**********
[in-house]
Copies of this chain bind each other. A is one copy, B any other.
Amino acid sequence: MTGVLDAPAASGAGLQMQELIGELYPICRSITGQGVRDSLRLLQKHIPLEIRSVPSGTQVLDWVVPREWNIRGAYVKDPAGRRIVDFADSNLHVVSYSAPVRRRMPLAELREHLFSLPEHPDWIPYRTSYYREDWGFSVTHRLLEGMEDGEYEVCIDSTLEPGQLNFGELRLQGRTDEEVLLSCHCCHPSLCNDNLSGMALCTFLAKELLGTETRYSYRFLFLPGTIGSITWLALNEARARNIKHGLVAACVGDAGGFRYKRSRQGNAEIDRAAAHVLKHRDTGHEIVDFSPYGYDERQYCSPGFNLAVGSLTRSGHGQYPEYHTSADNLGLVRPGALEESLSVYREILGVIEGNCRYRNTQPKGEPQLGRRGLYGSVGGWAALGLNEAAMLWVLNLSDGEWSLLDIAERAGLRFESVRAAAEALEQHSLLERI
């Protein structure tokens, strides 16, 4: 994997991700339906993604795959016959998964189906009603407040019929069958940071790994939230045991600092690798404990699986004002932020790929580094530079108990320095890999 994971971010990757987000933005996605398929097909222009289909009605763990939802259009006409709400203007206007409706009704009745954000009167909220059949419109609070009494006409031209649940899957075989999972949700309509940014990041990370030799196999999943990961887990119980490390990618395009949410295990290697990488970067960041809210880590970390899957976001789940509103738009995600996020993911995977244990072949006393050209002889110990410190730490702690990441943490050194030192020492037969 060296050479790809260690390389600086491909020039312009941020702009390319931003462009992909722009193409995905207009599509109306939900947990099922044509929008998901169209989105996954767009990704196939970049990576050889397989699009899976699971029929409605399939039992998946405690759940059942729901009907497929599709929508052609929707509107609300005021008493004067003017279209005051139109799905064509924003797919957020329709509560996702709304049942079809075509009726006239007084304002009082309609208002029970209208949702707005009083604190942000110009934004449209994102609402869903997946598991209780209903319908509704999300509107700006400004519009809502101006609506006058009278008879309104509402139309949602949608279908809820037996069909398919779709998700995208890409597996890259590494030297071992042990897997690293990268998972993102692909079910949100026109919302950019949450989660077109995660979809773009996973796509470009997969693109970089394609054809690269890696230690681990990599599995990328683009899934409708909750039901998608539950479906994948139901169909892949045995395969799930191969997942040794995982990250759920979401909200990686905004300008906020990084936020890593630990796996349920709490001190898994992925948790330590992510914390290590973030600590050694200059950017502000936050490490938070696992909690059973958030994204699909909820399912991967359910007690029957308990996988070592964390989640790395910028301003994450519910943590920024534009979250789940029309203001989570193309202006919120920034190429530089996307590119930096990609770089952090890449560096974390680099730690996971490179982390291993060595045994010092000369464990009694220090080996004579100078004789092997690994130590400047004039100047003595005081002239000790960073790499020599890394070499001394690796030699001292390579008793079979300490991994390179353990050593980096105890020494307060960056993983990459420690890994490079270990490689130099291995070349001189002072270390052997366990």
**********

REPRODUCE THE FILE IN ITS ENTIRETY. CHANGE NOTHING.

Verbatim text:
[in-house]
Copies of this chain bind each other. A is one copy, B any other.
Amino acid sequence: MTGVLDAPAASGAGLQMQELIGELYPICRSITGQGVRDSLRLLQKHIPLEIRSVPSGTQVLDWVVPREWNIRGAYVKDPAGRRIVDFADSNLHVVSYSAPVRRRMPLAELREHLFSLPEHPDWIPYRTSYYREDWGFSVTHRLLEGMEDGEYEVCIDSTLEPGQLNFGELRLQGRTDEEVLLSCHCCHPSLCNDNLSGMALCTFLAKELLGTETRYSYRFLFLPGTIGSITWLALNEARARNIKHGLVAACVGDAGGFRYKRSRQGNAEIDRAAAHVLKHRDTGHEIVDFSPYGYDERQYCSPGFNLAVGSLTRSGHGQYPEYHTSADNLGLVRPGALEESLSVYREILGVIEGNCRYRNTQPKGEPQLGRRGLYGSVGGWAALGLNEAAMLWVLNLSDGEWSLLDIAERAGLRFESVRAAAEALEQHSLLERI
């Protein structure tokens, strides 16, 4: 994997991700339906993604795959016959998964189906009603407040019929069958940071790994939230045991600092690798404990699986004002932020790929580094530079108990320095890999 994971971010990757987000933005996605398929097909222009289909009605763990939802259009006409709400203007206007409706009704009745954000009167909220059949419109609070009494006409031209649940899957075989999972949700309509940014990041990370030799196999999943990961887990119980490390990618395009949410295990290697990488970067960041809210880590970390899957976001789940509103738009995600996020993911995977244990072949006393050209002889110990410190730490702690990441943490050194030192020492037969 060296050479790809260690390389600086491909020039312009941020702009390319931003462009992909722009193409995905207009599509109306939900947990099922044509929008998901169209989105996954767009990704196939970049990576050889397989699009899976699971029929409605399939039992998946405690759940059942729901009907497929599709929508052609929707509107609300005021008493004067003017279209005051139109799905064509924003797919957020329709509560996702709304049942079809075509009726006239007084304002009082309609208002029970209208949702707005009083604190942000110009934004449209994102609402869903997946598991209780209903319908509704999300509107700006400004519009809502101006609506006058009278008879309104509402139309949602949608279908809820037996069909398919779709998700995208890409597996890259590494030297071992042990897997690293990268998972993102692909079910949100026109919302950019949450989660077109995660979809773009996973796509470009997969693109970089394609054809690269890696230690681990990599599995990328683009899934409708909750039901998608539950479906994948139901169909892949045995395969799930191969997942040794995982990250759920979401909200990686905004300008906020990084936020890593630990796996349920709490001190898994992925948790330590992510914390290590973030600590050694200059950017502000936050490490938070696992909690059973958030994204699909909820399912991967359910007690029957308990996988070592964390989640790395910028301003994450519910943590920024534009979250789940029309203001989570193309202006919120920034190429530089996307590119930096990609770089952090890449560096974390680099730690996971490179982390291993060595045994010092000369464990009694220090080996004579100078004789092997690994130590400047004039100047003595005081002239000790960073790499020599890394070499001394690796030699001292390579008793079979300490991994390179353990050593980096105890020494307060960056993983990459420690890994490079270990490689130099291995070349001189002072270390052997366990």